Embassy Attack Brings Back 13-Year-Old Memories
A deadly attack on the U.S. embassy in Libya claimed the lives of four Americans, including U.S. Ambassador to Libya Christopher Stephens.
The images and unfolding story can be difficult to watch, but they're taking one mid-state man right back to where he was 13-years ago: inside an embassy under attack.
All it took was news that innocent people died during an accidental NATO bombing of a Chinese embassy in the former Yugoslavia. Former U.S. Senator turned U.S. Ambassador to China Jim Sasser was with his own family surrounded by thousands of angry Beijing protesters.
"We're not free to safely come and go," Sasser said during a May 1999 interview. "The Chinese police are unable at this juncture to guarantee our safety."
His son, Gray Sasser, was trapped in his parents' home with his mother and future wife as Marines guarded his father in the nearby U.S. embassy.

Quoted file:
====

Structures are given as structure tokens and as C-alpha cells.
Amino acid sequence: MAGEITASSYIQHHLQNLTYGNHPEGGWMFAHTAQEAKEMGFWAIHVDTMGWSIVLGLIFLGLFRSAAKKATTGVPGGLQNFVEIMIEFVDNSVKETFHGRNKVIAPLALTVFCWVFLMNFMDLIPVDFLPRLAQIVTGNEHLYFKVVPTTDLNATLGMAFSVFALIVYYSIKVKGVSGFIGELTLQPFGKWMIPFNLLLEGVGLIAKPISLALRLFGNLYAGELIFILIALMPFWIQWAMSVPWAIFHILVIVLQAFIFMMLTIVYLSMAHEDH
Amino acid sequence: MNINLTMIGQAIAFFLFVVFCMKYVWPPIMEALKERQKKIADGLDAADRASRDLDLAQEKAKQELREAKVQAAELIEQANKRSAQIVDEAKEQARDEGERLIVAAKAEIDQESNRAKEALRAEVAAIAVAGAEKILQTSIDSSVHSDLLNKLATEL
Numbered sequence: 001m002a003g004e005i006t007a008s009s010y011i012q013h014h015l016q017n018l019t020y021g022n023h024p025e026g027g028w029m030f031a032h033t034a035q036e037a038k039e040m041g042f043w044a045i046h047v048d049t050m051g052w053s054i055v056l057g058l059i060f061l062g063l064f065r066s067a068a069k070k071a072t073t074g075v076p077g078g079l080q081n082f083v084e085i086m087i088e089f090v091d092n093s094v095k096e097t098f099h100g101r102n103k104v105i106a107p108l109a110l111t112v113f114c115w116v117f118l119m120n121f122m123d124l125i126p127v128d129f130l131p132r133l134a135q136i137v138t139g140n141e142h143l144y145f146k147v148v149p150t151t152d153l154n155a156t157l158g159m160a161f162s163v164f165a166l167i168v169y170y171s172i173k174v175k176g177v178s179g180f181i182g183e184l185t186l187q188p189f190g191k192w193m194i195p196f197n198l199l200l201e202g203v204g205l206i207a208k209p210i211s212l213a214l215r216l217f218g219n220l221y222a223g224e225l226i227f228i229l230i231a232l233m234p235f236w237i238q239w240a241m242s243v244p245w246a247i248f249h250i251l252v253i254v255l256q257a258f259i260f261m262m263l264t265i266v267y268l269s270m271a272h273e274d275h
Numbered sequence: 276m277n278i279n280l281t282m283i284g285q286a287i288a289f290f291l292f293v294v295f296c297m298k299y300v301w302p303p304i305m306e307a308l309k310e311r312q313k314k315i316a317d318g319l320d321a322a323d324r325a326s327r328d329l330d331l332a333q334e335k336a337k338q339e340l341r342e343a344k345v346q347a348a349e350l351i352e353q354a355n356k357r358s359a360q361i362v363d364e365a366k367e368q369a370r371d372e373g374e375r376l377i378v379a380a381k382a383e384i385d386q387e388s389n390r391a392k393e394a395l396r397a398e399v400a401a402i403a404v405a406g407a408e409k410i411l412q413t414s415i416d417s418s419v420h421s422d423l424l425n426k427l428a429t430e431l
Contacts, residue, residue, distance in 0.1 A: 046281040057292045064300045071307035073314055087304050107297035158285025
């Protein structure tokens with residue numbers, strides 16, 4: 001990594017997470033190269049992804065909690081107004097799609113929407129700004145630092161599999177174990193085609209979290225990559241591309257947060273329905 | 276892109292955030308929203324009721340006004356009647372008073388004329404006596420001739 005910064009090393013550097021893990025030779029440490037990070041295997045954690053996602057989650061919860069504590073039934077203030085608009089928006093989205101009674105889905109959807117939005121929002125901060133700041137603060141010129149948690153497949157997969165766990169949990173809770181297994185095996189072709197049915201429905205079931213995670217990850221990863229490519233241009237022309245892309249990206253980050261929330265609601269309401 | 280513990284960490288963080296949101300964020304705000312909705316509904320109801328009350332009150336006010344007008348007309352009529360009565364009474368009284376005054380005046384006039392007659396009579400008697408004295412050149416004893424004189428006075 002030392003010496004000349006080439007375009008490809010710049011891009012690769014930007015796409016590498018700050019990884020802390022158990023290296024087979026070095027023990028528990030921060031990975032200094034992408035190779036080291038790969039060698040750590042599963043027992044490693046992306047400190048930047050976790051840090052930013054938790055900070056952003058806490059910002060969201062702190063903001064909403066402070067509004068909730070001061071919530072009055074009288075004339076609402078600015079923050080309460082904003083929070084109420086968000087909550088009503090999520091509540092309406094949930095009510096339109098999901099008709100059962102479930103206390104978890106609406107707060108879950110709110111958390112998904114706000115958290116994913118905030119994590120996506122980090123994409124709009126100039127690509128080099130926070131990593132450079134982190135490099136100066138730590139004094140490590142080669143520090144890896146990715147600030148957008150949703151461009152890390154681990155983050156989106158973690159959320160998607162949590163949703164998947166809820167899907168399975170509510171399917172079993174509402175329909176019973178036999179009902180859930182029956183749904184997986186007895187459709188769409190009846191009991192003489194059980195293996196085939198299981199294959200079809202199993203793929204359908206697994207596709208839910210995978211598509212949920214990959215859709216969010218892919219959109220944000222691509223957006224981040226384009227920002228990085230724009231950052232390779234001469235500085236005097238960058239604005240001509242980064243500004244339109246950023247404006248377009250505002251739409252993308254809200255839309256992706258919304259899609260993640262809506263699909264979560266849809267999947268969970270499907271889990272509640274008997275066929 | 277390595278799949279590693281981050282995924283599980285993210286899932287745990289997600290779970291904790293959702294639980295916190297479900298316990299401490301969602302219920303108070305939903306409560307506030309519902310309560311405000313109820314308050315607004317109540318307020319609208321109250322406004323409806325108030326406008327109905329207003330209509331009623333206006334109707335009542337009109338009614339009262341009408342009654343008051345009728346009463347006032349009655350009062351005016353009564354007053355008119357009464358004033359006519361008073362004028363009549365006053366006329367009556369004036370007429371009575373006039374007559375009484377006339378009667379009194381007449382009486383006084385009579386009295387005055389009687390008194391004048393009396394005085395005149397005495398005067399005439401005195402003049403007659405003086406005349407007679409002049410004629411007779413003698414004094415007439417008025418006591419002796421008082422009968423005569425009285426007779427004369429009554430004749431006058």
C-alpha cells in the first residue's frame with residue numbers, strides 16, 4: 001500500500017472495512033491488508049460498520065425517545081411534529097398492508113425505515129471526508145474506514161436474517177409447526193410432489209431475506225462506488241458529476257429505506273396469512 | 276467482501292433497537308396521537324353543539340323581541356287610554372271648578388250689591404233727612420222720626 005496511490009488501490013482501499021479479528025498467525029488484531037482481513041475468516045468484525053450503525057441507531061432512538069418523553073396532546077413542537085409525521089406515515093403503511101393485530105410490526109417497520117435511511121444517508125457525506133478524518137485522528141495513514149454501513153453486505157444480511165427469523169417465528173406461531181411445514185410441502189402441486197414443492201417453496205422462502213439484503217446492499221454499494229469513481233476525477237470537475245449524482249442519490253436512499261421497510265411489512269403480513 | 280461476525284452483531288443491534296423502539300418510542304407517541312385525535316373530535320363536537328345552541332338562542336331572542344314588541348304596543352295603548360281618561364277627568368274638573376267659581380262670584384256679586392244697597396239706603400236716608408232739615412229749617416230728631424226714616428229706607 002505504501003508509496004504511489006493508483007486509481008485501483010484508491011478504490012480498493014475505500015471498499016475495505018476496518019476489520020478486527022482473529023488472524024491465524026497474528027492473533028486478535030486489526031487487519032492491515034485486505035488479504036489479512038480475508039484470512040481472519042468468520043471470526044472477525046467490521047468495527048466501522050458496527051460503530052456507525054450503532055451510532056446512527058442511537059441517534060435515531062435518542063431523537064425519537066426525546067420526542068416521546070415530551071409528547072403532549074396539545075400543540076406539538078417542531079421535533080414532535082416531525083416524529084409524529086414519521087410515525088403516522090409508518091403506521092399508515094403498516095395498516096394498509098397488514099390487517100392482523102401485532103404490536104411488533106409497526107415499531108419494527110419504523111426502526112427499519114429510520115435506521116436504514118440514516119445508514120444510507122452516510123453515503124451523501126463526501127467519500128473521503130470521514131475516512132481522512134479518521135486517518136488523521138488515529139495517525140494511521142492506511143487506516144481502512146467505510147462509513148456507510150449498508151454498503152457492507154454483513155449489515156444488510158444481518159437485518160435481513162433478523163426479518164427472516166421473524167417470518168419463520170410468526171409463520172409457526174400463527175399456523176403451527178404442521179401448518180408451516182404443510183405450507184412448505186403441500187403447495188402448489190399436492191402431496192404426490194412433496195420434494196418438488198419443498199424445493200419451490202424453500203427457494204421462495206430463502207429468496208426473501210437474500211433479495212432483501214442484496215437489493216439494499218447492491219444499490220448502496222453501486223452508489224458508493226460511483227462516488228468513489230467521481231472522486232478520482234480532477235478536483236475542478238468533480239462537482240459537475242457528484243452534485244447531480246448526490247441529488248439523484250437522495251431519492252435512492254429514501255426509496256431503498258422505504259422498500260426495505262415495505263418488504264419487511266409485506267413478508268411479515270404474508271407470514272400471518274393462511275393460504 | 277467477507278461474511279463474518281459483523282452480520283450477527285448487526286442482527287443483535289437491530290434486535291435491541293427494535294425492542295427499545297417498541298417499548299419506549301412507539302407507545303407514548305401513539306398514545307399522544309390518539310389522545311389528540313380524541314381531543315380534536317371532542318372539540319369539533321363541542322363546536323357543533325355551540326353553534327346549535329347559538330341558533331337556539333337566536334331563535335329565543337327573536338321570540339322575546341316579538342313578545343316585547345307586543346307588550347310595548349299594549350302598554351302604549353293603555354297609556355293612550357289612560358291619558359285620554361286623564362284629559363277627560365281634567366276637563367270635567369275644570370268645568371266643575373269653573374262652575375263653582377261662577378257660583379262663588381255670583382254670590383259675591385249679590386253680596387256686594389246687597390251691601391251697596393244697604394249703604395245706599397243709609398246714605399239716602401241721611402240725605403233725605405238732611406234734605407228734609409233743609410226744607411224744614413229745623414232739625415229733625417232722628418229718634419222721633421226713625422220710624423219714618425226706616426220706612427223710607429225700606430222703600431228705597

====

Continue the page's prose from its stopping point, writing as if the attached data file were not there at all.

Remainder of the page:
"There were some tense moments," Gray Sasser recalled Wednesday. "Before you knew it the students from the universities in Beijing were protesting in front of the embassy."
In just hours, the number of protesters was overwhelming. "First it was one, and then two, and then three, and then four, and then hundreds and hundreds and hundreds," Gray said.
For a handful of sleepless nights they were unsure if they'd ever be able to leave.
"There were a few moments when we thought they would come over the wall and if they did, you know, you don't know what's going to happen because you're then at the mercy of a mob," Gray went on to say.
Today Gray knows what happened in Libya is different, but also a reminder of how quickly diplomats can find themselves in danger for something they had nothing to do with. It's why he says it's important to not let outbursts of violence get in the way of building relationships abroad.
"You're the face of the country," Gray said. "The one bad example that has happened today and the one tragic example should not set the tone for our relationships with the wider world."
Former Senator Jim Sasser now lives in Washington D-C, consulting and teaching about China and U.S. relations.